Goose Commerce

Cupids, Man bats, & Penny-post women with Wings by goosecommerce

Or, Americans learn about the British Postal Reforms of 1840


The way the London correspondent of the New World affects a tone of Victorian prudishness, about the crudely drawn “naked” people on the letter sheet he’s describing, is, simply, hilarious. And the dig at Frances Trollope (who said of America, and I quote, “Ew.”) is pretty nice, too.

From The New World: A Weekly Family Journal of Popular Literature, Science, Art and News, June 13, 1840, p.28:

From our London Correspondent
London, May 6, 1840

To-day begins the penny postage stamps and envelopes, and a more universally complained of matter, in a small way, we have not seen in a long while. You may yourselves describe them better than I can from the specimens sent. The stamp is an uncommonly plain affair, being a simple head of the Queen on a little piece of paer somewhere about the size of a Broadway omnibus ticket … The envelope is a more complex concern, one-half or more of the front being used to illustrate all the outlandish parts of humanity, sketches of which Peter Parley has already placed before the American public.

Brittania sits in the middle, with outspread arms despatching a quartette of grown up Cupids, or man bats, or else penny-post women with wings, in dishabille. At her right there is an elephant, some queer looking camels, and a group of Chinese and Orientals. One of the animals in this tableau looks somewhat like Martin Van Buren–perhaps this is fancy.

On the other side of her ladyship is William Penn bargaining with half a dozen Indians, who, I may say, are dressed in sans-habille, if there be such an expression–beside them are some little papouses in the arms of their mothers, and a couple of naked coopers hard at work under the superintendence of a tall gentleman in a sombrero. In the extreme distance on one side are some ‘liners,’ but no steamboats–on the other is a Venus or something like it, driving a smartish reindeer in a carman’s sledge.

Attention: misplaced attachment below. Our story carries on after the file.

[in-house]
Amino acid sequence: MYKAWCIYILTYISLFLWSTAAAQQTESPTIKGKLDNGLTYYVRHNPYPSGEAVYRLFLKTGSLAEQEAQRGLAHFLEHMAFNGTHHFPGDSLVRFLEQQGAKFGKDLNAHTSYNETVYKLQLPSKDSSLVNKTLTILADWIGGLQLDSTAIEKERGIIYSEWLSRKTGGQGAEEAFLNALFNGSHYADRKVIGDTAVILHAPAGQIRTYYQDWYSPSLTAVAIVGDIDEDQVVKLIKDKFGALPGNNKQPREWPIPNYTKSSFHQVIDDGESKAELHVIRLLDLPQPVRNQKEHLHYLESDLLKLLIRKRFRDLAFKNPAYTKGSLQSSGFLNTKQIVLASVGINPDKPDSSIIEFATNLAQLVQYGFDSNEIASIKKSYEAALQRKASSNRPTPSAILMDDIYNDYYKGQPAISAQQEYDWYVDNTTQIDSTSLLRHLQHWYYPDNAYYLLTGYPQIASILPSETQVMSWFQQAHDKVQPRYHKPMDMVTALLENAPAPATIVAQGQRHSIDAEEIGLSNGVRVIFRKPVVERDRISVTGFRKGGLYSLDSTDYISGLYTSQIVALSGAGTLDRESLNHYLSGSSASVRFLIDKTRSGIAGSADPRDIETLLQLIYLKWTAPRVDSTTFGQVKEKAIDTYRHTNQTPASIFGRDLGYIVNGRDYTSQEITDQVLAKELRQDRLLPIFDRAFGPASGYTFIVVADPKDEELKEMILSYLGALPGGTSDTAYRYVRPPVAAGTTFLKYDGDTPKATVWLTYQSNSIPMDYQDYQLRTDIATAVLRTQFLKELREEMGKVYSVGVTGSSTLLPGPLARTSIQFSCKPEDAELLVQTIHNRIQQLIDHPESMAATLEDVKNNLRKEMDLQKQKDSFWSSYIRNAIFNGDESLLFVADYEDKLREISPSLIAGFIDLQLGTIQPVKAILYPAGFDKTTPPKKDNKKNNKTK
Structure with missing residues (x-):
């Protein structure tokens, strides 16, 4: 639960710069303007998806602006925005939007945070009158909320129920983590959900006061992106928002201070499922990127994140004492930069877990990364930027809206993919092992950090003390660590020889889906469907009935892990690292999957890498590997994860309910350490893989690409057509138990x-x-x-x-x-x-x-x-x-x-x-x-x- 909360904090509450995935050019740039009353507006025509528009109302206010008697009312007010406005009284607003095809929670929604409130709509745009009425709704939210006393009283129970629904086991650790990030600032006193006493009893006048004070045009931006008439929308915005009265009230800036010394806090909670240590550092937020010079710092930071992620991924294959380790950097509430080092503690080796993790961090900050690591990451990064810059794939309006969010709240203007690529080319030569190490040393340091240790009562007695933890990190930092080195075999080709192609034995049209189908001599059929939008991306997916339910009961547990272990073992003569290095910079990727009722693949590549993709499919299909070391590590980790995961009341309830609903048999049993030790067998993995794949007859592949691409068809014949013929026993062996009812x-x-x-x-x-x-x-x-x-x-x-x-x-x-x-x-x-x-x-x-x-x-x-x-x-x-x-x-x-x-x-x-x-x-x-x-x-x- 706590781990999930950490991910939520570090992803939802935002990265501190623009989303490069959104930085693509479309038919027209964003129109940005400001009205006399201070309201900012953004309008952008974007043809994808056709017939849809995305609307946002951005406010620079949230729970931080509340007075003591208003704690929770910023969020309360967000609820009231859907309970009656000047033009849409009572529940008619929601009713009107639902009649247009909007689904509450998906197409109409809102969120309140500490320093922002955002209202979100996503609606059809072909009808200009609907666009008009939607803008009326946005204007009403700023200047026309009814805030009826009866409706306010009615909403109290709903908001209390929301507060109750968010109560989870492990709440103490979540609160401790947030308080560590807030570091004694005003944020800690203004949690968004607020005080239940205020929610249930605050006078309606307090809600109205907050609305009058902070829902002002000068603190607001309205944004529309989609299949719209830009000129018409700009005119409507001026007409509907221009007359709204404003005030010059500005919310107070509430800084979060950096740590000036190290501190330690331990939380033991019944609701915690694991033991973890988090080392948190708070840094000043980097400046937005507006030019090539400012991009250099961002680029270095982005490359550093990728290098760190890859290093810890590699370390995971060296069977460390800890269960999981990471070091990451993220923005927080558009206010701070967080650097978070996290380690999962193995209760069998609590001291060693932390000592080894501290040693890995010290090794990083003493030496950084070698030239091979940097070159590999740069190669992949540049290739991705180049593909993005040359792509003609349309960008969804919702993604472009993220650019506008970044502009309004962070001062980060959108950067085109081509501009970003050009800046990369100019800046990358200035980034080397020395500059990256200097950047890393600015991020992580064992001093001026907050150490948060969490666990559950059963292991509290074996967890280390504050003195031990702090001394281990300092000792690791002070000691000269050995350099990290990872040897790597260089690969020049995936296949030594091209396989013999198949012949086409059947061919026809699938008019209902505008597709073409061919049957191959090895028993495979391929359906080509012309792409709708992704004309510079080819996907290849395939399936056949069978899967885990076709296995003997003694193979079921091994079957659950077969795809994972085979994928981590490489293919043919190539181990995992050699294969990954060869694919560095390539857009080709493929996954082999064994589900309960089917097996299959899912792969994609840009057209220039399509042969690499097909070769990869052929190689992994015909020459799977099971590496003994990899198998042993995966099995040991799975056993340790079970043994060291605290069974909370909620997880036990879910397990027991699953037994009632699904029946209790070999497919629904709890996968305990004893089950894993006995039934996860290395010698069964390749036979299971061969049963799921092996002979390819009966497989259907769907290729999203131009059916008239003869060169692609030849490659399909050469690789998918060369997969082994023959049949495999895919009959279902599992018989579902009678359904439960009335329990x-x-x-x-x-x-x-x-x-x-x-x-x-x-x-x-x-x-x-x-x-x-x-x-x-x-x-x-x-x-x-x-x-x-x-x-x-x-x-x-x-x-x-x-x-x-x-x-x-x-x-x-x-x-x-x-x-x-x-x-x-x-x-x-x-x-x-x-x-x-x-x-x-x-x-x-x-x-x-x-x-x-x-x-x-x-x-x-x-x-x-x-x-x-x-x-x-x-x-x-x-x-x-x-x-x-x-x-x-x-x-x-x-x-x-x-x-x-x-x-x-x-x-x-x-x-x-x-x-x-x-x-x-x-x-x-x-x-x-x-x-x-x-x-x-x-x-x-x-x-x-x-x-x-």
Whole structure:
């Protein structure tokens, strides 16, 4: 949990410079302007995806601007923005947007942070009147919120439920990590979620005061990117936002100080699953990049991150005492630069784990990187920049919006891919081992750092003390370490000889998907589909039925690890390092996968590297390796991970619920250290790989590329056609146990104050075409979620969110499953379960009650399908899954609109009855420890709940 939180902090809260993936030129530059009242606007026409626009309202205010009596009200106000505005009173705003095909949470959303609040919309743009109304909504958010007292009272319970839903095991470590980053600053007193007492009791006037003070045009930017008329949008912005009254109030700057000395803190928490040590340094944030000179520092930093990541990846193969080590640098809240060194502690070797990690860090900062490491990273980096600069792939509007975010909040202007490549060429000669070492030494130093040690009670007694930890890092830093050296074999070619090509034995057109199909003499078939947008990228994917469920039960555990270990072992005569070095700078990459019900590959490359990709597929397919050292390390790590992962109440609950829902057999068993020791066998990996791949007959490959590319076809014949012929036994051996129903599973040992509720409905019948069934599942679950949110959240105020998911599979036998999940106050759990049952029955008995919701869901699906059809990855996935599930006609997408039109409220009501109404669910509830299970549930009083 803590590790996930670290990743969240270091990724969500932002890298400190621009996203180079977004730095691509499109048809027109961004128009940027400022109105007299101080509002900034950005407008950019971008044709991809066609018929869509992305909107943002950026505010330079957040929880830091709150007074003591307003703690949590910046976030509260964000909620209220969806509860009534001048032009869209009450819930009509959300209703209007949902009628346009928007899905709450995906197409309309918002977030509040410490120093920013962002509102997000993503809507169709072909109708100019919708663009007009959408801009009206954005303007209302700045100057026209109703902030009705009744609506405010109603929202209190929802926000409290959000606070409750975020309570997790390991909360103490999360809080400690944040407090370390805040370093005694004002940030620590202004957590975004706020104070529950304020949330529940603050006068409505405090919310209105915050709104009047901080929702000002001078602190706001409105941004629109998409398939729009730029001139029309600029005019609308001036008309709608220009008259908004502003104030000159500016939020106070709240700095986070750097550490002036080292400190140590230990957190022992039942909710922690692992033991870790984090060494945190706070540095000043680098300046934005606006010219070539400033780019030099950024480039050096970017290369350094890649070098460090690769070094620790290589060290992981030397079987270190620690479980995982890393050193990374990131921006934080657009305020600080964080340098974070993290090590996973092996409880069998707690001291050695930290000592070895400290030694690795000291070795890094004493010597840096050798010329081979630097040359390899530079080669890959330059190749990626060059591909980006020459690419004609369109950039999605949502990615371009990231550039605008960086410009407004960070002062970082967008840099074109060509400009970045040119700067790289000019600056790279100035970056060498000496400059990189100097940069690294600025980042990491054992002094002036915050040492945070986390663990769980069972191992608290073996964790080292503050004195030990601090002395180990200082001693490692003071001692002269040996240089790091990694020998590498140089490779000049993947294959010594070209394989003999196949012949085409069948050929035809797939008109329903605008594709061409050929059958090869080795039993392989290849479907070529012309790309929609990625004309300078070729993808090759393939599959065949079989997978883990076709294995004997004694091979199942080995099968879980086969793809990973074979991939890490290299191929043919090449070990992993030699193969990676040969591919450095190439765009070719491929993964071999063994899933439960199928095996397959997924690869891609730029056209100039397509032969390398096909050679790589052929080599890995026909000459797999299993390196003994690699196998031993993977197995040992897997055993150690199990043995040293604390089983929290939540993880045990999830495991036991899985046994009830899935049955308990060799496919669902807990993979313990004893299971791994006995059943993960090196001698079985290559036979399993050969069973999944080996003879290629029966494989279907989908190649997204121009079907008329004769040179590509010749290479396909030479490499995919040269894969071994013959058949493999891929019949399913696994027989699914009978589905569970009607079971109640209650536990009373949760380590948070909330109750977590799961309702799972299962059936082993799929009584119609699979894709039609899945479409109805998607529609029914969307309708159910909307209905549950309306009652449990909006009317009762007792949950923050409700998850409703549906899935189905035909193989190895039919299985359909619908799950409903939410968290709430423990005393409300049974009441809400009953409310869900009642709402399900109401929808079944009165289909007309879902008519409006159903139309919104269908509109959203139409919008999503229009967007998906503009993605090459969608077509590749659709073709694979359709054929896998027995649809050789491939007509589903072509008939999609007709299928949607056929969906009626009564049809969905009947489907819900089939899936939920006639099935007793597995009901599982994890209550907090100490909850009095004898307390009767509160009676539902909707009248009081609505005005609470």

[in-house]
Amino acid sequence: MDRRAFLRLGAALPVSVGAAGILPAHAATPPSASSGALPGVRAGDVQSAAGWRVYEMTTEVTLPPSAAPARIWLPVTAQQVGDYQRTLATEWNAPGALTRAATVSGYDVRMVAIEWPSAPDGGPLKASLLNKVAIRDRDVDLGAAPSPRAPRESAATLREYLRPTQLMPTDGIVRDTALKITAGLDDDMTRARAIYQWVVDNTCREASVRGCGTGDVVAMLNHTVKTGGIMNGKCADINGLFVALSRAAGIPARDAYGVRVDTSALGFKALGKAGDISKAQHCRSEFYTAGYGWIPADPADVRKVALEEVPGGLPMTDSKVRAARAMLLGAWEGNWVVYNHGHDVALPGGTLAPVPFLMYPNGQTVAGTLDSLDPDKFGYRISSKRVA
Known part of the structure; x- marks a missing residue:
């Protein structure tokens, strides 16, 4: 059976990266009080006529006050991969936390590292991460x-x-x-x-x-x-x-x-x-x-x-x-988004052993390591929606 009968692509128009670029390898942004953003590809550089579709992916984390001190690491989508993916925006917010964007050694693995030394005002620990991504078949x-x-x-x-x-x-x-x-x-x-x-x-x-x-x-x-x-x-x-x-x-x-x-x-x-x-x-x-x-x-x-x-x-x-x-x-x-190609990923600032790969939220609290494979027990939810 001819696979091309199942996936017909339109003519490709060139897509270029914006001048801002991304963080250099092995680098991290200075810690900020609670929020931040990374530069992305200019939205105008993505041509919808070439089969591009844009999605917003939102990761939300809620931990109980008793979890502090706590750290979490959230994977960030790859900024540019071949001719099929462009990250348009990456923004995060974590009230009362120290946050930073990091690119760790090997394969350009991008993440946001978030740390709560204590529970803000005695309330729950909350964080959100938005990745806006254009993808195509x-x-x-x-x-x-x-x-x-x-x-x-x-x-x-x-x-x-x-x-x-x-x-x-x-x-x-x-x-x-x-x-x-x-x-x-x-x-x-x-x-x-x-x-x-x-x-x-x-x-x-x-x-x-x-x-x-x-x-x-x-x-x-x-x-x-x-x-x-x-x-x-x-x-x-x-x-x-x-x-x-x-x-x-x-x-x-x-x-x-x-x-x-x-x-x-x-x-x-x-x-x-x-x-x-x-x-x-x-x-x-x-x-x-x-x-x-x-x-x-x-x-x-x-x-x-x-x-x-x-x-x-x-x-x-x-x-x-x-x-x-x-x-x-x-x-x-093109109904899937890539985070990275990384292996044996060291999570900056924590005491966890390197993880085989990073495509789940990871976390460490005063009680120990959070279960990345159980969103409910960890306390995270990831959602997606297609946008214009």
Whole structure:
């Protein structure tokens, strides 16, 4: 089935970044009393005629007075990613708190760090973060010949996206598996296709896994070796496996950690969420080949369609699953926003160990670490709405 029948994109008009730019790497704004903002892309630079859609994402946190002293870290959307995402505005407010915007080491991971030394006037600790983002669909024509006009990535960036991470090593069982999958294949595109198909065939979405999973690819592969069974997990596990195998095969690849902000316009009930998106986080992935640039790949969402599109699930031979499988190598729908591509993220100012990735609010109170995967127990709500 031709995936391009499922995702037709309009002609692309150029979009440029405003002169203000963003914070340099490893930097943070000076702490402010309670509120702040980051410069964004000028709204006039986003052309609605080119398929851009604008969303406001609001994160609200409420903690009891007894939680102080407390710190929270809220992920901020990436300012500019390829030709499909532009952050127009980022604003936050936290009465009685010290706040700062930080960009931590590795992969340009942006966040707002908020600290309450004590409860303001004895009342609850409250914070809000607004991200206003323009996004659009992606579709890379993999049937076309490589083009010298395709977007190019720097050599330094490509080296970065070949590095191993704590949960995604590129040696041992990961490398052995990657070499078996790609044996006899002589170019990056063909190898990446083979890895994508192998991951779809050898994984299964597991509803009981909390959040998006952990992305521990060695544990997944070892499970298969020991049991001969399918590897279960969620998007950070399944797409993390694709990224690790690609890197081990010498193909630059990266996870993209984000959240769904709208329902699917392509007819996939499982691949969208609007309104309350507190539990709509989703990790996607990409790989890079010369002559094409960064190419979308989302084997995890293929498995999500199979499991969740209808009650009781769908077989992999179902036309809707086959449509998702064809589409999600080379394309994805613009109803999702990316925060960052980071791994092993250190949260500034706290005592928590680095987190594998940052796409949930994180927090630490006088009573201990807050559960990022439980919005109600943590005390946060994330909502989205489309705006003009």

As supporters to all this interesting ‘pennyworth,’ there are on either side two or three of the fair sex busy reading love letters. One lady ‘over the left,’ is extremely like that amiable authoress, Madame Trollope. Such is our opinion of the whole concern, but, as was said before, you may describe it better yourselves.

No…no, I don’t think we quite can.

Image Cite: “Mulready envelope,”

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A Scurvy Affair in the History of Bloodshed by goosecommerce

Or, They Don’t Make War Like They Used To


Raleigh Register, and North-Carolina Gazette, (Raleigh, NC) Tuesday, June 02, 1840

Great Britain vs China. – We are more than half inclined to join the Peace Society – buy the Prize dissertations – and go against all wars, just as Mr. Ladd does. If Great Britain can’t get up a better war than that which she is waging against China, she ought to be ashamed of herself, and never go to war at all. We have never known a more scurvy affair in the history of bloodshed.

Many of her own statesmen, who have either honesty or shame, blush for her. A resolution disapproving the course of the British government in relation to China, was lately introduced into the House of Commons, and after a stormy debate of three days, was lost by a majority of ten only. Ten righteous men would once have saved a Sodom, but they must have been a very different sort of men from the ten in the British Parliament who justify the war with China. – Exeter News Letter

I’m beginning to really like the editors of the Raleigh Register, and North Carolina Gazette.

To close a few loops here: The American Peace Society was a Christian organization that campaigned for pacifism. Ladd was an Exeter and Harvard grad who became a sailor and worked his way up to captain in the New England merchant marine. He settled in Maine, where he ran the organization, and published its poorly edited house organ, The Harbinger of Peace from his home in Minot, ME.

Prior to his settling in Maine, Ladd ran a plantation in Florida that failed because he refused to use slave labor (sound like anyone?).